Diane Pfister

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Diane Pfister is an American artist and art lecturer whose work was first recognized in London, England, and other territories of the United Kingdom. Her early work includes collage, impressionism and abstract expressionism but is now[when?] primarily abstract oils, incorporating techniques drawn from microphotography, map coordinates and satellite surveillance to merge abstraction with 21st-century realism.


Born in Cincinnati, Ohio, Pfister graduated from Norwood High School in Norwood, Ohio in 1973,.[1] With the help of a Charlotte Schmidlapp Honor Scholarship, she studied Fine Arts at Miami University in Oxford, Ohio, earning a Bachelor of Fine Arts in 1977 and doing graduate work from 1979-1980, before proceeding on to post-graduate photographic work at the Parsons School of Design in New York. After moving to London, she studied printmaking during a fellowship at the Slade School of Fine Art and fine art post-graduate work at Saint Martins School of Art, earning a Post Graduate Diploma in Art at the latter.

She lectured at The American School In Switzerland from 1985–1990, Bath School of Art and Design from 1990–1995, and at City of Westminster College, London from 1992–1996; and served as Co-Head of the Third Year Degree Programme at Chelsea College of Art from 1993–1994.

Pfister (who initially painted under her married name of Diane Epstein) worked commercially in various media—including collage, photography and sculpture—for book jacket and poster illustration before committing herself to painting in 1995.


Working principally in oils, her series include "Toys" (in which she explored the "residual power" of the "sacred geometry" of playthings important to her in childhood); "Scars" (a series of nude body studies etched with obscure, lost French dialect calligraphy); "Abstract Locations" (an examination of "how technology has altered traditional notions of viewing our environment"... "a world unknown to us a century ago"); and "End Papers" ("dedicated to the transient beauty of the printed book... fast becoming the dinosaur of our generation").[2] The latter were the subject of a successful 2006 exhibition at the Duncan Campbell Gallery in London. Pfister's paintings have also been acquired by private and corporate collections in the United States, Asia, Europe, the Middle East and Australia.

Return to the U.S.[edit]

Pfister returned with her family to the United States in 2006, and now lives in Cincinnati, where she maintains a studio at the Pendleton Art Center.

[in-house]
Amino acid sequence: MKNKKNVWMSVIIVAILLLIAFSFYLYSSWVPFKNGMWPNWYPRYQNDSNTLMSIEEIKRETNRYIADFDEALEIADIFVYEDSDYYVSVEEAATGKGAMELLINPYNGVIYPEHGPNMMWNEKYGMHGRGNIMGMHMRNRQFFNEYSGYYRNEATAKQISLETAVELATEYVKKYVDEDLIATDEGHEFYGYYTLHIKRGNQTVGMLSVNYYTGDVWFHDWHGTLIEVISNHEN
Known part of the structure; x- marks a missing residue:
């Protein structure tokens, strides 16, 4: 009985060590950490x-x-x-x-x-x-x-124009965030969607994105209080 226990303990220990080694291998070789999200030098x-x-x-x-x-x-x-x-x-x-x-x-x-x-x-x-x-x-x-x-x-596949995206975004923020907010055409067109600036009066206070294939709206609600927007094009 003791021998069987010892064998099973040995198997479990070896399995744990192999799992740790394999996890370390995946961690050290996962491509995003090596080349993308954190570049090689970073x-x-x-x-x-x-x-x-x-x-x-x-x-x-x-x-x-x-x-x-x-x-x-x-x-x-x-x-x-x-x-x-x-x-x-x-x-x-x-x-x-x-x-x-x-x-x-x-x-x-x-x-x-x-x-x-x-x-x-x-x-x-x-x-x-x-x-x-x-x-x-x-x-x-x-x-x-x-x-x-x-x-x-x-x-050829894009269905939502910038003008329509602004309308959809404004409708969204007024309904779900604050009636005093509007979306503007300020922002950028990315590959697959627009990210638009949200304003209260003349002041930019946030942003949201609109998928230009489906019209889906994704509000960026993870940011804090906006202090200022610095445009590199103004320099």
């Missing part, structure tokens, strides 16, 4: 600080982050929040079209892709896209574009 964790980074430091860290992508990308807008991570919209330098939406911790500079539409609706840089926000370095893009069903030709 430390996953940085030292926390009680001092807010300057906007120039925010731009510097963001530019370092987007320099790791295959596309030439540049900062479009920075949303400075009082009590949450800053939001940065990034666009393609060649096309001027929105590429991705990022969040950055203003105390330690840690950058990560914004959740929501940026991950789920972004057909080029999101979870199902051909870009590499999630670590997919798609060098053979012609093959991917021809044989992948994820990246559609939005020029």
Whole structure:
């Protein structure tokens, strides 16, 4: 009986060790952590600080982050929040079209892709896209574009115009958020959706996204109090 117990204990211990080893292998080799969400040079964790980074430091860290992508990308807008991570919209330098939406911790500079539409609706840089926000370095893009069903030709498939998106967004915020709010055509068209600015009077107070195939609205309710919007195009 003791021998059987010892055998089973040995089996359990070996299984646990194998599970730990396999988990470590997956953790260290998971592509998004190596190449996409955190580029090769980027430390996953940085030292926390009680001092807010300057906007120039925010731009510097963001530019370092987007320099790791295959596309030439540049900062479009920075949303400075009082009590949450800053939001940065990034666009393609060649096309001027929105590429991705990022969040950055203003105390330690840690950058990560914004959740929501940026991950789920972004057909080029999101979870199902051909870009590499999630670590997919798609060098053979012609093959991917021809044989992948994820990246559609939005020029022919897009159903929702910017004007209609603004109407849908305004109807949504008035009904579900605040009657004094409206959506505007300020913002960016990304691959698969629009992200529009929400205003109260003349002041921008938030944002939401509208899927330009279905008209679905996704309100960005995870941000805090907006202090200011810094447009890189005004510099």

Since relocating with her family to her native country in 2006, Pfister has mounted the exhibition "Painting is Soundless Poetry" at the Good News Gallery in Woodbury, Connecticut. Here she unveiled two more series, "Source Energy" and a series of "Kimono" triptychs, which interested Pfister for the "independent picture plane a kimono creates on the human body." In notes provided to the exhibit, she continued "The East found it more important to ignore the surface of the body, while the West obsessed with the figure. It is the difference between the diaphanous, transcendental and intellectual, versus the worldly and secular. It is my hope that viewing these works may trigger in others the sense of floating in that space."

Critical recognition[edit]

Writing about Pfister's work, David Buckman (author of the standard reference Artists in Britain Since 1945) noted that some artists pursue "a narrow course, hardly deviating from it over a lifetime's work. Pfister has chosen the far tougher route: constantly rethiniking how she can view the world around her. Her career experience and wide training in America and Britain have encouraged an unusual open-mindedness. Paintings as richly diverse as the Abstract Locations, plus all the rest of Pfister's exhibition, need no more explanatory words to justify their merits as compelling images."[3]


In 2009, Pfister coauthored The Weight of Salt and Soul with Tim Lucas, an original screenplay based on the life of Ishi, a Native American who was the last of his tribe and acclimated to the white man's world during the early twentieth century.[citation needed]


Thornbury Castle, Thornbury, Glos (1996); Collyer Bristow Gallery, London (1997); Chelsea & Westiminster Hospital, London (2003); Ashursts Gallery, London (2004); Westbourne Studios, London (2005); Duncan Campbell Gallery, London (2006); The Felix, Cambridge (2007); Good News Gallery, Woodbury, Connecticut (2008).


  1. ^ Norwood High School "Silhouette" Yearbook 1973
  2. ^ All Pfister quotes taken from her series annotations at her website, www.pfister.co.uk
  3. ^ Buckman, David. Duncan Campbell Gallery catalogue 2006